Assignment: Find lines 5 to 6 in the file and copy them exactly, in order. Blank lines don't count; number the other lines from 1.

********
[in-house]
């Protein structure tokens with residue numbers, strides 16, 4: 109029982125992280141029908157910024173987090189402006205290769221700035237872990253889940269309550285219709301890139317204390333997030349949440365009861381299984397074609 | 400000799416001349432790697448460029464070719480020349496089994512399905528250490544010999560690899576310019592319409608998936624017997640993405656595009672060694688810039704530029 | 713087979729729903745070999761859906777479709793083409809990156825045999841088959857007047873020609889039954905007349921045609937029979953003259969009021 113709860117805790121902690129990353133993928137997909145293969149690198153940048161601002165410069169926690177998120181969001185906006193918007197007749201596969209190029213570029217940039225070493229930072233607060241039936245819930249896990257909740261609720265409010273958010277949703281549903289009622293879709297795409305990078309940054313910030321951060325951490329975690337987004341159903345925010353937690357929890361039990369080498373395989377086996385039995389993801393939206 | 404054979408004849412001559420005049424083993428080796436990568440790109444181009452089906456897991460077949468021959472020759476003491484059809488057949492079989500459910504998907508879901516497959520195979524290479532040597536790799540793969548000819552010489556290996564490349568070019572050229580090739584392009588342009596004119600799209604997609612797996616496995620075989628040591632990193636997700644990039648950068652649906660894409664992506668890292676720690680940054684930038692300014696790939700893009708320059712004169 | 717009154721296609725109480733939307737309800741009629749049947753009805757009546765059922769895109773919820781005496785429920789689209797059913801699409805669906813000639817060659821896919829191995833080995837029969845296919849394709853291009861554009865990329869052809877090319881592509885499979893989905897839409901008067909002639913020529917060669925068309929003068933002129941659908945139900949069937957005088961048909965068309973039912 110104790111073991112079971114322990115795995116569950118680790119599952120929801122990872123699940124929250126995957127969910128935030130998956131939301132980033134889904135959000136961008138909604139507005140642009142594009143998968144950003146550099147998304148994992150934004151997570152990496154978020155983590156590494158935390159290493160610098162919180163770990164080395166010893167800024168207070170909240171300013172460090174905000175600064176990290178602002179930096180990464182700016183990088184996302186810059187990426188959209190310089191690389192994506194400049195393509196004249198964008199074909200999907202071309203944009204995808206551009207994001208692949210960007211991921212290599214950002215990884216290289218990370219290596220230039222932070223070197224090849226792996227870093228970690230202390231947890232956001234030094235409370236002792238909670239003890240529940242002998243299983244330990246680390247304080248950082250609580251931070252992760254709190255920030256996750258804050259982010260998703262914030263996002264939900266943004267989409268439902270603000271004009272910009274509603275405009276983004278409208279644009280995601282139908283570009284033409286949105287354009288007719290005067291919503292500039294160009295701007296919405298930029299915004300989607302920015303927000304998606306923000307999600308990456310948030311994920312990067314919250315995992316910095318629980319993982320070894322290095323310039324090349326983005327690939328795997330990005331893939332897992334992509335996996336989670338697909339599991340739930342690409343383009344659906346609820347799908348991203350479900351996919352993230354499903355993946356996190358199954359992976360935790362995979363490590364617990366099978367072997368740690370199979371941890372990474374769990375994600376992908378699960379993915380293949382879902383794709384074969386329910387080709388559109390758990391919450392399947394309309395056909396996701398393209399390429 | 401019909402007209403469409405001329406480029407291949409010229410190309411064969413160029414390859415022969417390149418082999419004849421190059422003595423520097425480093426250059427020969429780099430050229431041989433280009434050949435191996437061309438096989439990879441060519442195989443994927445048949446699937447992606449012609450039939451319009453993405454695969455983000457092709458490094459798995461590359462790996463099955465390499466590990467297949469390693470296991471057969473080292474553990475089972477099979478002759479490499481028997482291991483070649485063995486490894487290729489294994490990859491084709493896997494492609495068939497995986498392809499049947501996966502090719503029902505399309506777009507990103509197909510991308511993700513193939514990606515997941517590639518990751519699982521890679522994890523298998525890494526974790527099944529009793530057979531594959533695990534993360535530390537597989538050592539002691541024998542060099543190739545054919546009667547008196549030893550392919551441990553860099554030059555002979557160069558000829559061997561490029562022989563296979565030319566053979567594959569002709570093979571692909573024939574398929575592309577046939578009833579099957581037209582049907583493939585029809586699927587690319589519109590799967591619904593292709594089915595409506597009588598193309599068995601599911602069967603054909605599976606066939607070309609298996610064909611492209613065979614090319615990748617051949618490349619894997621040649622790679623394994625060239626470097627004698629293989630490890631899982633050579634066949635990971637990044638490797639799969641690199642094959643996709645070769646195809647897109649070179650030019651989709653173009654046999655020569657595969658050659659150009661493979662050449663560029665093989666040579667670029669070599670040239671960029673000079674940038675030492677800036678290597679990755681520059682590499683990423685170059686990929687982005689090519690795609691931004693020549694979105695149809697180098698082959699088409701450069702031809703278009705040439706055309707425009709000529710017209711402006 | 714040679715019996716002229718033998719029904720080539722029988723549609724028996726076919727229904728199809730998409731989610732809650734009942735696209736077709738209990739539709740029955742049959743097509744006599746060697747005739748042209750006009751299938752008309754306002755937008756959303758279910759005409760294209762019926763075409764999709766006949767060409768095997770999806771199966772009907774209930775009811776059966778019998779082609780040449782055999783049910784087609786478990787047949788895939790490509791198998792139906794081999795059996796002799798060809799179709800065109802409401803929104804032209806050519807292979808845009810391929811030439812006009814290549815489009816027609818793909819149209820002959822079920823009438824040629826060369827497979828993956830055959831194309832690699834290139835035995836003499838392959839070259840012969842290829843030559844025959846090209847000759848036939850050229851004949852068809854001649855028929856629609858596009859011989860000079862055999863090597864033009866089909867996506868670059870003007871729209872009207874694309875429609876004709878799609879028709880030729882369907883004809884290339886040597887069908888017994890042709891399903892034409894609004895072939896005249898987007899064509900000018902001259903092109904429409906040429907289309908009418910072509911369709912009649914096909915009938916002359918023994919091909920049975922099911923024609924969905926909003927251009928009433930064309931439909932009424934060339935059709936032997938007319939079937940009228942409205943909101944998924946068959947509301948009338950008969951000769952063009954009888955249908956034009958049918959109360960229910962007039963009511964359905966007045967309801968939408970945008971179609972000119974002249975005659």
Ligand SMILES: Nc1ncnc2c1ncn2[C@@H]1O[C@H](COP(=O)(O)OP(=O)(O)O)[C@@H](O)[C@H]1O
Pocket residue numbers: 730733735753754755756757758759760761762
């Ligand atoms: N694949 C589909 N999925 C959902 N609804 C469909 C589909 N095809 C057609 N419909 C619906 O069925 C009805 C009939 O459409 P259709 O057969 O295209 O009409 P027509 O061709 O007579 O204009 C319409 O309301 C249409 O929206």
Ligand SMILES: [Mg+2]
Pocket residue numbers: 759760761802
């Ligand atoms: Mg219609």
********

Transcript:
């Ligand atoms: N694949 C589909 N999925 C959902 N609804 C469909 C589909 N095809 C057609 N419909 C619906 O069925 C009805 C009939 O459409 P259709 O057969 O295209 O009409 P027509 O061709 O007579 O204009 C319409 O309301 C249409 O929206």
Ligand SMILES: [Mg+2]